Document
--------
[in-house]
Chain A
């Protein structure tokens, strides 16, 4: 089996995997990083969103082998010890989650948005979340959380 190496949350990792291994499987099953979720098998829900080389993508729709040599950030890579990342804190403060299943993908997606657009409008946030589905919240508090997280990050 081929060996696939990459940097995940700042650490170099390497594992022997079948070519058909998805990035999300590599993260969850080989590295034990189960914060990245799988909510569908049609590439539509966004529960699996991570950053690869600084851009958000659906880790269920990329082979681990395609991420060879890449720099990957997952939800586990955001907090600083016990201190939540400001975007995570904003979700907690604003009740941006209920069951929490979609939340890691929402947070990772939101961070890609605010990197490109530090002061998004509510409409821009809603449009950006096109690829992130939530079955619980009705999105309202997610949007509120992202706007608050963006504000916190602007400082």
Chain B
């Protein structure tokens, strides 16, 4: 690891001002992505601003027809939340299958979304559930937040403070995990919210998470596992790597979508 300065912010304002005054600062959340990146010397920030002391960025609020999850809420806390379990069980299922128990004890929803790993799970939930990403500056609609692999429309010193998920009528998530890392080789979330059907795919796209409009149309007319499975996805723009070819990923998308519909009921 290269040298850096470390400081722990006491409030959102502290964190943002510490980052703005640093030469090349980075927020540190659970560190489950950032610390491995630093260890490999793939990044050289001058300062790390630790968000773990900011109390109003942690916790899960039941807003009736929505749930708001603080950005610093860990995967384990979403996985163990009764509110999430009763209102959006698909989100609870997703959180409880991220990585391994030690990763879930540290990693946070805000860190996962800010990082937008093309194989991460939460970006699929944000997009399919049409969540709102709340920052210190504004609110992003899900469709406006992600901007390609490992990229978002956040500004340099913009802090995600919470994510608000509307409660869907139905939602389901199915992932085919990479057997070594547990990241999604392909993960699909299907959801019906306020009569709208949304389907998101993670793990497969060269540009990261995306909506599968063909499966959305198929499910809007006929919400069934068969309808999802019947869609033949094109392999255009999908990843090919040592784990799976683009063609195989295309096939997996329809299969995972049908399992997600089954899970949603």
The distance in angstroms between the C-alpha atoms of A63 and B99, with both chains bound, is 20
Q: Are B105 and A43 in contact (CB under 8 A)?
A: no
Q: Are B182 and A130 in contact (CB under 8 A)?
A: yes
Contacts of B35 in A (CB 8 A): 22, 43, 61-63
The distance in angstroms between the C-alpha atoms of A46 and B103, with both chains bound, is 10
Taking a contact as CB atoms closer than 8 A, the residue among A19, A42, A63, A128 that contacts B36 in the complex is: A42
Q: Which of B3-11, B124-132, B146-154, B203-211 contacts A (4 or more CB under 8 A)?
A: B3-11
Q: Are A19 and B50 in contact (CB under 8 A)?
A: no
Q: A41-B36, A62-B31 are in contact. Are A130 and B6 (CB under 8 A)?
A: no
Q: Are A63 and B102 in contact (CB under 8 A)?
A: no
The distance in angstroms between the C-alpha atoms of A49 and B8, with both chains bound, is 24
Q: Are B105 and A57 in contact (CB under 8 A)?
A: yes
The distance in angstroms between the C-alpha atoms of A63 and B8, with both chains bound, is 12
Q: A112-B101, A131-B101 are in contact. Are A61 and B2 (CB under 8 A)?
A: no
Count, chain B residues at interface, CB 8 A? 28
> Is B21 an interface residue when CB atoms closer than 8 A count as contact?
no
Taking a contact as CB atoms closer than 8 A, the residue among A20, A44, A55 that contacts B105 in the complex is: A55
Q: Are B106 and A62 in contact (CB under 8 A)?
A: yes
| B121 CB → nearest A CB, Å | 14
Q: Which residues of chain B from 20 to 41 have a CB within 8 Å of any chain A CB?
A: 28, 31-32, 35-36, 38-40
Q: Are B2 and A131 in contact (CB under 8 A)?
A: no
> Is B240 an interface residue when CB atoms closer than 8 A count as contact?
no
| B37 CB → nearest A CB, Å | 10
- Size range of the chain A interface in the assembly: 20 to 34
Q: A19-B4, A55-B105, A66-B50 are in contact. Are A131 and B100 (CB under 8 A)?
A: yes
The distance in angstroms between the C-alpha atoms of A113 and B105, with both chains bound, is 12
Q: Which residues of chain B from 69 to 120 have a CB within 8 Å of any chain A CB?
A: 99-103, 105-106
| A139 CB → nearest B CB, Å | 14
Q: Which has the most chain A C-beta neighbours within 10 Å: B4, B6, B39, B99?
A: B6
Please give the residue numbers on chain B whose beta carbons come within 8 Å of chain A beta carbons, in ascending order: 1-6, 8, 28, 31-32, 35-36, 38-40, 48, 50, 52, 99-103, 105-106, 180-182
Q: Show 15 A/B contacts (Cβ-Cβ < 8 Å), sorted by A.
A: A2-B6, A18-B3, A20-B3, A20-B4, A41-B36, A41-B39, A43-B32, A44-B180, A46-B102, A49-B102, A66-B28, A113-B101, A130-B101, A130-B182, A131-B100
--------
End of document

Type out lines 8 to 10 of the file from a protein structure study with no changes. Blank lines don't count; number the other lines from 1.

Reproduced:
A: no
Q: Are B182 and A130 in contact (CB under 8 A)?
A: yes